While Candidates Fight for Votes, 5 Politically Savvy Brands Vie for Our Dollars

5 politically savvy brands

Do people and brands that enjoy the national spotlight have a responsibility to lend their voice to important issues? These five brands sure think so. In 2016, with the country seemingly more divided than ever, every vote counts.

But every dollar counts, too, and that’s why politically savvy brands are hoping to turn the pivotal 2016 election to their advantage. Below are five sterling examples of election-themed campaigns done right, offering a lot of inspiration for even the most seasoned marketer.

1. Doritos – No Choice

Without quite taking sides in this historic election, Doritos is nonetheless leveraging its visibility to encourage young folks to get out and vote. Fans of these zesty snacks might find themselves targeted with a “No Choice” bag of chips (“No Taste, No Crunch, No Choice”) as a reminder to register before the deadline.

America is no stranger to “rock the vote”-type campaigns, but Doritos’ efforts feel particularly on-trend this year. Some of the best marketing endeavors masterfully leverage human emotions, such as the fear of missing out (FOMO). If there’s a fear of being publicly ridiculed with a bland bag of corn chips, it probably looks something like Doritos’ “No Choice” campaign.

What’s the lesson here? Emotion is your friend as an advanced marketer. What do you want your prospects to feel?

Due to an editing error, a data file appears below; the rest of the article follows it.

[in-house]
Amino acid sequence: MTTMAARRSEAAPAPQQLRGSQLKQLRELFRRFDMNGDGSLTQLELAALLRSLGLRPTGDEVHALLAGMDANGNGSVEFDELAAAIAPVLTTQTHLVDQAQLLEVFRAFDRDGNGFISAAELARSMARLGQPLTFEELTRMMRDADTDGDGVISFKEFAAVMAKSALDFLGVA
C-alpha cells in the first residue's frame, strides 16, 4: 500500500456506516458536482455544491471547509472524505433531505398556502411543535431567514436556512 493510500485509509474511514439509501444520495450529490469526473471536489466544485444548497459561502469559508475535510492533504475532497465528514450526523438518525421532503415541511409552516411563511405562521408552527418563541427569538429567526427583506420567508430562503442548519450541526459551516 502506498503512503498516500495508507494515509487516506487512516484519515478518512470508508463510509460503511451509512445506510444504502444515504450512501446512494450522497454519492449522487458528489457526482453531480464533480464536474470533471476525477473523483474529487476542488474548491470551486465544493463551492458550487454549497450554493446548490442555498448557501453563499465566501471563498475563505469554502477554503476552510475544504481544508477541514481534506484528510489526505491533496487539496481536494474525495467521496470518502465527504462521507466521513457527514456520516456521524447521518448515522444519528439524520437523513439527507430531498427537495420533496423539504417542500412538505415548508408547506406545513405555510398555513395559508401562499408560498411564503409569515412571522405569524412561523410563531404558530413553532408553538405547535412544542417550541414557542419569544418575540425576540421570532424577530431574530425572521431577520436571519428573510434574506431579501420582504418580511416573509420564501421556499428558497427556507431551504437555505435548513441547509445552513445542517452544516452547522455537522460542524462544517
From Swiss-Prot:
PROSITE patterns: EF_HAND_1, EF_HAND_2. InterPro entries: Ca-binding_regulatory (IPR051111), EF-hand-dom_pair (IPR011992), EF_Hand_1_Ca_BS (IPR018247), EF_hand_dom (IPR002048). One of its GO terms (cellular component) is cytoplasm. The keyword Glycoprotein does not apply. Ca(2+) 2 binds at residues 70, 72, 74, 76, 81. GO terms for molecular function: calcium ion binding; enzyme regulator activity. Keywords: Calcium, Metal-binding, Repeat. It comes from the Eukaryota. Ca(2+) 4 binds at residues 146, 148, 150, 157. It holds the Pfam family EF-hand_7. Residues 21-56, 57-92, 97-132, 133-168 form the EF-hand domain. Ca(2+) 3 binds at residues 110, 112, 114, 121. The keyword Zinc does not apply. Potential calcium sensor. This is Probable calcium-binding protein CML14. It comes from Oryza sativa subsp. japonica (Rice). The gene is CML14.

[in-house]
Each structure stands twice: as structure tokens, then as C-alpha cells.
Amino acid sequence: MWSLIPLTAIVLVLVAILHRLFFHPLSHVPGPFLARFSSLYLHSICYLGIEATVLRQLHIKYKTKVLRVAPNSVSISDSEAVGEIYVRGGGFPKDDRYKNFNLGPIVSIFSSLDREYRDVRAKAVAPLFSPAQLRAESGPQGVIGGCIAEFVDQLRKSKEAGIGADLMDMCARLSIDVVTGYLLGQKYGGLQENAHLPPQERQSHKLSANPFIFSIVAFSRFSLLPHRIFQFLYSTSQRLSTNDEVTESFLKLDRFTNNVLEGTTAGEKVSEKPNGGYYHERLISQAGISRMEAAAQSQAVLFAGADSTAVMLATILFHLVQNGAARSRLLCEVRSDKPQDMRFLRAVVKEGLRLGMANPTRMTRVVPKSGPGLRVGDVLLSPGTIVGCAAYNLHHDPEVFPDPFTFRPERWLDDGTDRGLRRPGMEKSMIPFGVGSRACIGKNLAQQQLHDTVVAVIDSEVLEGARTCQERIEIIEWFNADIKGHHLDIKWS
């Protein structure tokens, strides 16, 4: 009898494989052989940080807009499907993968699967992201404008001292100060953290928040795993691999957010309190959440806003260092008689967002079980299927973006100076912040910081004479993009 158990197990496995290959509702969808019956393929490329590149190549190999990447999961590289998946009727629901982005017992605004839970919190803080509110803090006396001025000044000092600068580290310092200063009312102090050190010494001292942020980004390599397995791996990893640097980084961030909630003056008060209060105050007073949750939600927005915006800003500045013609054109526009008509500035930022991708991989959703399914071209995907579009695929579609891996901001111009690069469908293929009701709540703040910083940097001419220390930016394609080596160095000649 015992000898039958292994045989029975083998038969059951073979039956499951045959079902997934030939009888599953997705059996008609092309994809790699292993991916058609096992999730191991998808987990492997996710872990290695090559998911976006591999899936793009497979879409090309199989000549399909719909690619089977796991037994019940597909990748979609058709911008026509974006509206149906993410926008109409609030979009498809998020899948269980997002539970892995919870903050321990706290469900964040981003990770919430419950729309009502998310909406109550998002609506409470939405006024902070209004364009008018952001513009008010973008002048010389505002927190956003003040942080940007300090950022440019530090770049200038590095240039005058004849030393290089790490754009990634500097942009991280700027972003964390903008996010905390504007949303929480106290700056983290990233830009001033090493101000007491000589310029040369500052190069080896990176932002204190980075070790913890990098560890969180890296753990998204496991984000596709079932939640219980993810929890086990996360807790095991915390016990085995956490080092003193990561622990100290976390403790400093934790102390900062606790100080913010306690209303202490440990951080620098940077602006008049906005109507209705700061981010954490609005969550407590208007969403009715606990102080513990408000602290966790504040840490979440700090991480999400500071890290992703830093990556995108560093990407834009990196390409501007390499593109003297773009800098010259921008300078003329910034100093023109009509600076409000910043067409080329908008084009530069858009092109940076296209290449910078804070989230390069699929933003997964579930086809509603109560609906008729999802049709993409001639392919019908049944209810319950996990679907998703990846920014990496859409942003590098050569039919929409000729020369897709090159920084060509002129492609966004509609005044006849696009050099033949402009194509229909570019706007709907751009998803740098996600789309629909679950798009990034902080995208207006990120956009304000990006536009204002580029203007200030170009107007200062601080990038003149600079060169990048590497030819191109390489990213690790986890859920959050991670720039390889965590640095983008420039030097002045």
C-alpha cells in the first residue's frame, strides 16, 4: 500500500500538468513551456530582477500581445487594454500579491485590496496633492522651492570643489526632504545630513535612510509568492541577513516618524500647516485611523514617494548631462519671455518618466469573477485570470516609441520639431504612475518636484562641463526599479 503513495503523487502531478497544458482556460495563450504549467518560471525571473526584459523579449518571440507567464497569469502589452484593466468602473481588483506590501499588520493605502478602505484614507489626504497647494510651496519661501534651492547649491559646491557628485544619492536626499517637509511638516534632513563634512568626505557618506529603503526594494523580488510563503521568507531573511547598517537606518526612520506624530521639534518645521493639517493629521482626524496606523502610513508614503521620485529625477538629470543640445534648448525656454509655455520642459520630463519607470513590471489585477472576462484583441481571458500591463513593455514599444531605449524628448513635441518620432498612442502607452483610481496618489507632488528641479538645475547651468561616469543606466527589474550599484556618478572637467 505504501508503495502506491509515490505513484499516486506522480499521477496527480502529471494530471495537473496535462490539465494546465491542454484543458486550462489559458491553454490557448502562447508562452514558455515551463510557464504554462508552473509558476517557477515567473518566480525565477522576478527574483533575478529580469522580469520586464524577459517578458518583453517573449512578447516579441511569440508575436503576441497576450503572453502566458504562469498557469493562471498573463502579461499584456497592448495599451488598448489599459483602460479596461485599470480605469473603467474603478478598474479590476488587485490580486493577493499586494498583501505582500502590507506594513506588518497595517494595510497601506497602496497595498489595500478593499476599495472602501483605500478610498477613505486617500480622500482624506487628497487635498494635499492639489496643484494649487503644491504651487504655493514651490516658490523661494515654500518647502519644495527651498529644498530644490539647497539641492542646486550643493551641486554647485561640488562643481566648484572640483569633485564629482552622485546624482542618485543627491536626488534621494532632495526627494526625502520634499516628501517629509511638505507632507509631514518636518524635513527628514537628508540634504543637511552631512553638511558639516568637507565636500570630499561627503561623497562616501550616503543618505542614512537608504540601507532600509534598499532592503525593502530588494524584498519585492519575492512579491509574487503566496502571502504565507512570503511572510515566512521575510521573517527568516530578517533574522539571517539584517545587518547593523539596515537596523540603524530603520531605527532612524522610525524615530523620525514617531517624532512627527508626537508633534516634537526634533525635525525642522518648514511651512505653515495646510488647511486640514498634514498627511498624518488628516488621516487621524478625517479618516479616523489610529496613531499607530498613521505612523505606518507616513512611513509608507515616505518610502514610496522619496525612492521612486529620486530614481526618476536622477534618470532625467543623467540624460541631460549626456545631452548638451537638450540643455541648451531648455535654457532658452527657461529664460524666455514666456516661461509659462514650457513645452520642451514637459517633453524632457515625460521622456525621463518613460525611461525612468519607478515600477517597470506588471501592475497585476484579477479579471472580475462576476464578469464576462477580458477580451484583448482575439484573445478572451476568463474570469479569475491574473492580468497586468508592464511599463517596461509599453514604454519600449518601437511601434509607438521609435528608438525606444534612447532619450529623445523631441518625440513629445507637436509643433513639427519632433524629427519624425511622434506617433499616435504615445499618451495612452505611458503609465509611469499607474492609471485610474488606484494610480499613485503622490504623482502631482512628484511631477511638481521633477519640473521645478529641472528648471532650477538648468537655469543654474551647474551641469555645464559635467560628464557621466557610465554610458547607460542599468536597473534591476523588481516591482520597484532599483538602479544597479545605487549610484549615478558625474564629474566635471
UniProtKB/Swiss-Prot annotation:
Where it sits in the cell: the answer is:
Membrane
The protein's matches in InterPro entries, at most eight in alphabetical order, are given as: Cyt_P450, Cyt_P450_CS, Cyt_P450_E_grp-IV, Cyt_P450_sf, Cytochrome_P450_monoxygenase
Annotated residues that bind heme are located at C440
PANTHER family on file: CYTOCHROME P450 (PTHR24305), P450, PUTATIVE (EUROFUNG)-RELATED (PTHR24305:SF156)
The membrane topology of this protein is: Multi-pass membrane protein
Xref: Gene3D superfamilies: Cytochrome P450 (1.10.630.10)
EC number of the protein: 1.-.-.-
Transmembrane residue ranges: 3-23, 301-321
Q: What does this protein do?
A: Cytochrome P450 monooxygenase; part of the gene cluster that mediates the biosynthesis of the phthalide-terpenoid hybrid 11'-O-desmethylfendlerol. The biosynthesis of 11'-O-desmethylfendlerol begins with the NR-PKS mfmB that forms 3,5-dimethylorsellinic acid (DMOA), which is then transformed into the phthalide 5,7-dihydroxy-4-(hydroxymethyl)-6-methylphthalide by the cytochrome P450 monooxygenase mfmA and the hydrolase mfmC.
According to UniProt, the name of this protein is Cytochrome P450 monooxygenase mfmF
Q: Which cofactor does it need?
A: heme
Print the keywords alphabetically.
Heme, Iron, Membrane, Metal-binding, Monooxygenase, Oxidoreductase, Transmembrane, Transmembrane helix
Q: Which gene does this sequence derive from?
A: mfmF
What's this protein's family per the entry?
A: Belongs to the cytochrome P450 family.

2. Netflix – Frank Underwood

Some product tie-ins just write themselves. If you’ve followed along with Netflix’s political drama “House of Cards,” you know Frank and Claire Underwood bear more than a slight resemblance to some very real politicians in our world.

In its own bout of election fever-fueled product promotion, Netflix has gone so far as to launch a fake website for Frank Underwood (with tongue firmly in cheek, it’s called “F.U. 2016”), along with advertisements in (among other places) Greenville, South Carolina, which hosted one of the infamous Republican Presidential debates.

This sort of “alternate reality” tomfoolery has been used to great effect by the likes of Nine Inch Nails, Halo 2 and many others, and has a tendency to make blatant advertisement a bit more palatable for the public, as it shifts the focus away from “traditional” media outlets toward more “thoughtful,” out-of-the-box experiences.

For the advanced content marketer, this Netflix promotion is a bit of a dream come true. Some of the most memorable campaigns we’ve seen involved multiple mediums or so-called “second-screen” viewing. Netflix hit it out of the park here, since its “product” (“House of Cards”) seems to literally reach out of the idiot box and right into our world.

Come to think of it, it’s just like Frank Underwood breaking the fourth wall to address his audience directly.

3. Half Moon Bay – Alection

Craft breweries have become quintessentially American. At a time when more US beer drinkers seem to be eschewing mass-produced beers in favor of seasonal or regional fare, it makes a lot of sense that a homegrown American brewery would be taking an interest in the election.

Half Moon Bay Brewing Company, based in California, is running a promotion where customers can drop by their location and cast their ballot in an unofficial, election-style poll. Right now, Hillary is in the lead, with 59% of the vote. Have you voted yet?

In addition to casting your ballot, you can also pick up an “Alection”-themed six-pack featuring portraits of the candidates with either red or blue labels.

As an added bonus, Half Moon Bay has also pledged $1 from every bottle sold to the Common Cause voter protection fund. It’s a classic win-win and helps drum up more awareness of the impending election, to boot. It’s one thing — and quite useful, as well — to help raise the public’s consciousness about the importance of voting, but it’s another thing entirely to make a tangible contribution to efforts seeking to make the election process fairer and safer overall.